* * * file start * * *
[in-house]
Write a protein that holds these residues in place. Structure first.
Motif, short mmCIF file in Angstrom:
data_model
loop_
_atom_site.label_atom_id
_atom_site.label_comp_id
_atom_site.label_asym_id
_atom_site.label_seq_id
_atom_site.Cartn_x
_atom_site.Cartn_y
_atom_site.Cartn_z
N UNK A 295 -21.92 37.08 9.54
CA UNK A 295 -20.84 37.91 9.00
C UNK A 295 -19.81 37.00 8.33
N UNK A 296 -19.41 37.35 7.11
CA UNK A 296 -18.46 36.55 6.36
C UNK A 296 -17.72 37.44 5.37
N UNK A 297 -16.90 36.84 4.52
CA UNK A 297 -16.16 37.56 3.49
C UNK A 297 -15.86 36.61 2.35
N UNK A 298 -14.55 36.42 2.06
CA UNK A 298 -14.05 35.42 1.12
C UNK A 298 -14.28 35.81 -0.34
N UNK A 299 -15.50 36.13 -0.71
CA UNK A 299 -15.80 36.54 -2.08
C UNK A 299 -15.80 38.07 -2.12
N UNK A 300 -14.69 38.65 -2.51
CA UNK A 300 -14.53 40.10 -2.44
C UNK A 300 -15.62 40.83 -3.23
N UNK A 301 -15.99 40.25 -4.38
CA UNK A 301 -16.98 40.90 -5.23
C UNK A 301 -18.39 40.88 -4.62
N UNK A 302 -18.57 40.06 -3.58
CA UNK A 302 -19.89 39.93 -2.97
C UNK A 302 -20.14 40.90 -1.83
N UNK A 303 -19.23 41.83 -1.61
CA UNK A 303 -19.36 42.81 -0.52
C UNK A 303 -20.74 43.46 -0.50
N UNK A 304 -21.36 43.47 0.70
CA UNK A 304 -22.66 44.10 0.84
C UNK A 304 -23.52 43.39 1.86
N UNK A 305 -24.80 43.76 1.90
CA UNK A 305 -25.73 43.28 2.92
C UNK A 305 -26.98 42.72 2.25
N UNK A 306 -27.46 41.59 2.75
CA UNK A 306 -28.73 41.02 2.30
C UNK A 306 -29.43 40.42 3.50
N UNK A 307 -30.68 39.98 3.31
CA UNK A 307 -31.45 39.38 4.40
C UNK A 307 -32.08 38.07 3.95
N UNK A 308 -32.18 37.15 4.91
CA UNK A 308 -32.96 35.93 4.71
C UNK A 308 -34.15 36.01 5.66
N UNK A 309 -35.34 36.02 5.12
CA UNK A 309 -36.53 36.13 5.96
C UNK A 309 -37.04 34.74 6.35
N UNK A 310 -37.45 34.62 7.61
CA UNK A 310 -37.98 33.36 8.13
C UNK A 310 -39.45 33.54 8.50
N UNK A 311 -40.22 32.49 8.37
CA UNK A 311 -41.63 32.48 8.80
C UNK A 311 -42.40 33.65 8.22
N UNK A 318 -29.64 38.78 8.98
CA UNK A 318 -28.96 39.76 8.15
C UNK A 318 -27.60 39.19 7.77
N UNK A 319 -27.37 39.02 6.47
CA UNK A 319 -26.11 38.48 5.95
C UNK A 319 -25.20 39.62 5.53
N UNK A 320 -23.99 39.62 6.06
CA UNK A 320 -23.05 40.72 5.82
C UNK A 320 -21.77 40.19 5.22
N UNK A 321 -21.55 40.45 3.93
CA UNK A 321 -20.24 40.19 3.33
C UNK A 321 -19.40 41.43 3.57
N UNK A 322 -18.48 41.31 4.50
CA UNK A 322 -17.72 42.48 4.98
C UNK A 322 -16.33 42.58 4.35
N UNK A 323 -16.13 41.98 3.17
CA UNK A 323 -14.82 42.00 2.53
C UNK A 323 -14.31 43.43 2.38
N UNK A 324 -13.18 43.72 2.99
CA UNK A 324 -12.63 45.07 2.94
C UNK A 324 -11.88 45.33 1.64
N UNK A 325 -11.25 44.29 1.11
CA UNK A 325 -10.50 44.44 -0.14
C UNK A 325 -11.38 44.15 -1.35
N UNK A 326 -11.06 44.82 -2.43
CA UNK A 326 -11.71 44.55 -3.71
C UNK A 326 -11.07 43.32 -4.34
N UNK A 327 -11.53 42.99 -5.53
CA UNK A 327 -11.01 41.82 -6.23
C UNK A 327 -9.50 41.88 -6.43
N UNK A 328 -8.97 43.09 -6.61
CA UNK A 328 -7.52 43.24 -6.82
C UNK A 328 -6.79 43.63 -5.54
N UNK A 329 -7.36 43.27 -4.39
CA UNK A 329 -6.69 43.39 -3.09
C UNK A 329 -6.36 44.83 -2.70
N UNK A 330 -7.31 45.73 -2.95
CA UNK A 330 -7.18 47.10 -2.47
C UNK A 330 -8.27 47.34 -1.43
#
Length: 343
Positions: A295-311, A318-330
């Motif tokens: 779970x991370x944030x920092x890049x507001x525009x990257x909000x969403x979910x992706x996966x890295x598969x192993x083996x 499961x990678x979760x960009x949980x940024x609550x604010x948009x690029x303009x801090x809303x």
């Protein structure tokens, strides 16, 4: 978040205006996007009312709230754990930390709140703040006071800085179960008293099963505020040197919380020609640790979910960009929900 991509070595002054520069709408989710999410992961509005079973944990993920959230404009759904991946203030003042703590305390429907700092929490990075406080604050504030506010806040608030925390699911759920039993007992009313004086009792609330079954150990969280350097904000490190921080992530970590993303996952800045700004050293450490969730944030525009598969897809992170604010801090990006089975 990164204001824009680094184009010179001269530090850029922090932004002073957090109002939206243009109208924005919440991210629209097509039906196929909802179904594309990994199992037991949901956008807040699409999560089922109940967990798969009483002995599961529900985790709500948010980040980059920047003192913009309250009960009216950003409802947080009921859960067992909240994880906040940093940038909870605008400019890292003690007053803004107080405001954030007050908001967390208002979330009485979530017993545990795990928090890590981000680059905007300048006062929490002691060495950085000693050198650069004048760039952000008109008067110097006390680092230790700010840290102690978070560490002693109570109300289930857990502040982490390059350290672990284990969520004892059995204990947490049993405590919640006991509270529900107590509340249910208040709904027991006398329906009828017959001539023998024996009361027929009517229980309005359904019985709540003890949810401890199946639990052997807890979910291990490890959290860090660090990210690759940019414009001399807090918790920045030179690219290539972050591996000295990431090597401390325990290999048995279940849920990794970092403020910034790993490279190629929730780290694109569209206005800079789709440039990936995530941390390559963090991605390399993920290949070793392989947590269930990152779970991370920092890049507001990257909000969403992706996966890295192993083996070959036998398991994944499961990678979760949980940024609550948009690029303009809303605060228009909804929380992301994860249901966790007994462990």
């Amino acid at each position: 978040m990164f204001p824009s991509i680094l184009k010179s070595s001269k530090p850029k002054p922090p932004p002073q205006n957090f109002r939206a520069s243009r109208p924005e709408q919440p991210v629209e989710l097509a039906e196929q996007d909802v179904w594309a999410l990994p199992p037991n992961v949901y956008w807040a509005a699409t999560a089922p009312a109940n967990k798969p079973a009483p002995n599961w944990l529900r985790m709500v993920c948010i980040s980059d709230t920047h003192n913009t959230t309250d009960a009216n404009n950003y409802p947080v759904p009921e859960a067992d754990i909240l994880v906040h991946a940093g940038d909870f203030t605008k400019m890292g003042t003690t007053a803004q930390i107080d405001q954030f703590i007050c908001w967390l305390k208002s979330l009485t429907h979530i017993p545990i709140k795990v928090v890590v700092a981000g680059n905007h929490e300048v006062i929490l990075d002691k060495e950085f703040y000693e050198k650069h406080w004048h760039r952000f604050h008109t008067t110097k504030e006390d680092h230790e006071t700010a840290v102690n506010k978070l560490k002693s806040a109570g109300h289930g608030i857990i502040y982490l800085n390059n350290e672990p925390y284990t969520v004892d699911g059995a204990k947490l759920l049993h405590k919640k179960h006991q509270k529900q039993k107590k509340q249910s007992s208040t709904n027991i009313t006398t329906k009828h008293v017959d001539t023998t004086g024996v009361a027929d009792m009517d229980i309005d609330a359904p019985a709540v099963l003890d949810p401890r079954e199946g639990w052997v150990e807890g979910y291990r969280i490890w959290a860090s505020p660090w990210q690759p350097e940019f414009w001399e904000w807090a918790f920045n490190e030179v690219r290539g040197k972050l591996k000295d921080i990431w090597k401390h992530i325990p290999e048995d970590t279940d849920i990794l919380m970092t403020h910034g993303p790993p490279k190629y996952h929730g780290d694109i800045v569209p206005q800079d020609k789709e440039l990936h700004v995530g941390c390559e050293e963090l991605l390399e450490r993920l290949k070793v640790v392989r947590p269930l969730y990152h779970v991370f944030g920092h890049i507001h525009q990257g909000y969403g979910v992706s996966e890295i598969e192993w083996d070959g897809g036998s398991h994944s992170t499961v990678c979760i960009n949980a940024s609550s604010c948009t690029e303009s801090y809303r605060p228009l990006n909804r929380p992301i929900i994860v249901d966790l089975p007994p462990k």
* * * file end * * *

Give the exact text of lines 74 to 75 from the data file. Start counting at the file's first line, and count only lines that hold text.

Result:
CA UNK A 321 -20.24 40.19 3.33
C UNK A 321 -19.40 41.43 3.57